And now Nate Cohen of The New Republic brings a dash of reality to the idea that Terry should be seen as a frontrunner, even if Tom gets in, and tears down several arguments regarding Terry's supposed appeal.
Ultimately, McAuliffe enters the '13 contest without any proven base of support. That's not surprising, since McAuliffe has never held public office and candidates seeking a higher office often attract lasting support from voters in their home districts. Still, in a low-turnout primary familiarity and past loyalty can make a difference and McAulifffe doesn't have either. Indeed, a recent Quinnipiac poll showed that 65 percent of Democratic voters had no opinion of McAuliffe.I don't need to explain here Perriello's progressive bona fides. The growing media coverage does make me believe that there is more to this speculation that simple rumor. Today, the blogger that seems to have started all this pointed out a hereto overlooked advantage of a Perriello candidacy.
So far, most speculation about a possible challenger centers on Tom Perriello, a former representative from Virginia’s 5th congressional district and the president of the Center for American Progress Action Fund. Recent reports indicate that Perriello is mulling a bid and it’s not hard to see why. Perriello has solid liberal credentials and earned the support of activists for his insistence on defending the Obama administration’s policies during his failed reelection bid in a relatively conservative congressional district. Perriello's narrow defeat in the 2010 midterm is considered one of the more impressive electoral performances of the cycle.
If Perriello challenged McAuliffe, the former DNC chairman would be in a difficult position. While McAuliffe's financial resources and support from the Clintonistas make him a more formidable candidate than his polling numbers, those same assets were only worth 26 percent of the vote four years ago. McAuliffe remains vulnerable, and Perriello, who has a reputation for authenticity and knows how to deploy a populist message, seems well-suited to capitalize. Perriello's appeal with liberal activists would be an asset, since they make-up the core of the Democratic primary electorate in a low-turnout election. With McAuliffe potentially weak in northern Virginia and Perriello strong in western Virginia (he hails from Charlottesville, and his old district in west-central Virginia represents 8 percent of the primary electorate), McAuliffe's ability to perform well among black voters in eastern Virginia might be the decisive question. But there's plenty of footage of Obama praising Perriello, and little reason to assume that Perriello would be weak in the eastern part of the state.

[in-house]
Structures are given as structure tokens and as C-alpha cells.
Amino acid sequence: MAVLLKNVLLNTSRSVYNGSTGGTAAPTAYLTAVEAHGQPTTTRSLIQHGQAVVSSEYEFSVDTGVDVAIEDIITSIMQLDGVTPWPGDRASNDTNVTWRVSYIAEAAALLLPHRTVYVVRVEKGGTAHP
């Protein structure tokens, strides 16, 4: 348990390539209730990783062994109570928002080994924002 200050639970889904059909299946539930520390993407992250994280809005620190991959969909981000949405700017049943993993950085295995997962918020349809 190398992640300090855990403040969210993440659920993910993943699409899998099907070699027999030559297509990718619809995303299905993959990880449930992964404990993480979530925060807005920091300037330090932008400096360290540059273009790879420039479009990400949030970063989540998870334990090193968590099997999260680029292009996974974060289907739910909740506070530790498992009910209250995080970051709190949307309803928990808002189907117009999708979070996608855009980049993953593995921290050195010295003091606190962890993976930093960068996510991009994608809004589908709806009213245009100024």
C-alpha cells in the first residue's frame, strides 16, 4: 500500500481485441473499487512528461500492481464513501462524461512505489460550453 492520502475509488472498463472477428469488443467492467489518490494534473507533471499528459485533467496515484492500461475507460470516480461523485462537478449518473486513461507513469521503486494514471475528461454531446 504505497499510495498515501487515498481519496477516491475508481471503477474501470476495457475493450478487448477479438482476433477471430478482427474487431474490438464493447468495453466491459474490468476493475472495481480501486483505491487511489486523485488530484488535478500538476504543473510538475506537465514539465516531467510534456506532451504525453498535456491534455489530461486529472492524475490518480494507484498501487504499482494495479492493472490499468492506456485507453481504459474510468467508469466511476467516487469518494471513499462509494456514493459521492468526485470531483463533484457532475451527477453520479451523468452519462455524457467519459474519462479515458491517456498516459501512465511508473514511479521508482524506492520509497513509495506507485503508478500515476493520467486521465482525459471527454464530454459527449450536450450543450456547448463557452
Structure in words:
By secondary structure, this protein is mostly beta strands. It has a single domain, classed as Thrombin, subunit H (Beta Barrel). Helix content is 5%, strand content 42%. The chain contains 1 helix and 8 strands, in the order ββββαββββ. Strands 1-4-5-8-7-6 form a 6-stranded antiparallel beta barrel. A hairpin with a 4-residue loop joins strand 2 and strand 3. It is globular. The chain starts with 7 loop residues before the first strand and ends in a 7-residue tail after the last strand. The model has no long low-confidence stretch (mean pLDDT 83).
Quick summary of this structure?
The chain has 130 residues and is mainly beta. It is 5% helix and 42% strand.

What's happening in Danville is actually very similar to what is happening in Henrico County near Richmond, and Prince William County in Northern Virginia as well as many other localities in Virginia. For the last two decades the minority population in those areas has had a dramatically higher birth rate than the white population. What that creates is a "demographic tidal wave" as Sean Connaughton once called it. You can see it from looking at demographic stats of these school systems versus the senior populations in these localities. The babies from twenty years ago are now voters, and are starting to have their own kids that will be creating an even larger tidal wave in coming years.Danville isn't the only community that is part of the "demographic wave" that reelected Barack Obama. Perriello has shown that he knows the importance of mobilizing these new members of the Democratic coalition. In addition to his progressive politics, can Perriello also offer a people powered campaign that would help down ticket candidates?
It's worth noting that Democrats have yet to be successful in turning out those voters in many elections that were non-Presidential so far- with the exception of Tom Perriello in 2010 who got large turnout in Danville and was able to win a 16.3% margin of victory over Robert Hurt here even in the awful political environment of 2010 for Democrats. Compare that to the federal midterm from 2006- when George Allen narrowly defeated Jim Webb in Danville even with a strong national Democratic wind at Webb's back. With Perriello considering a run for Governor this year, Danny Marshall has got to be pulling for Democrats to stick with Terry McAuliffe for Governor- as this district could flip with Perriello on top of the ticket.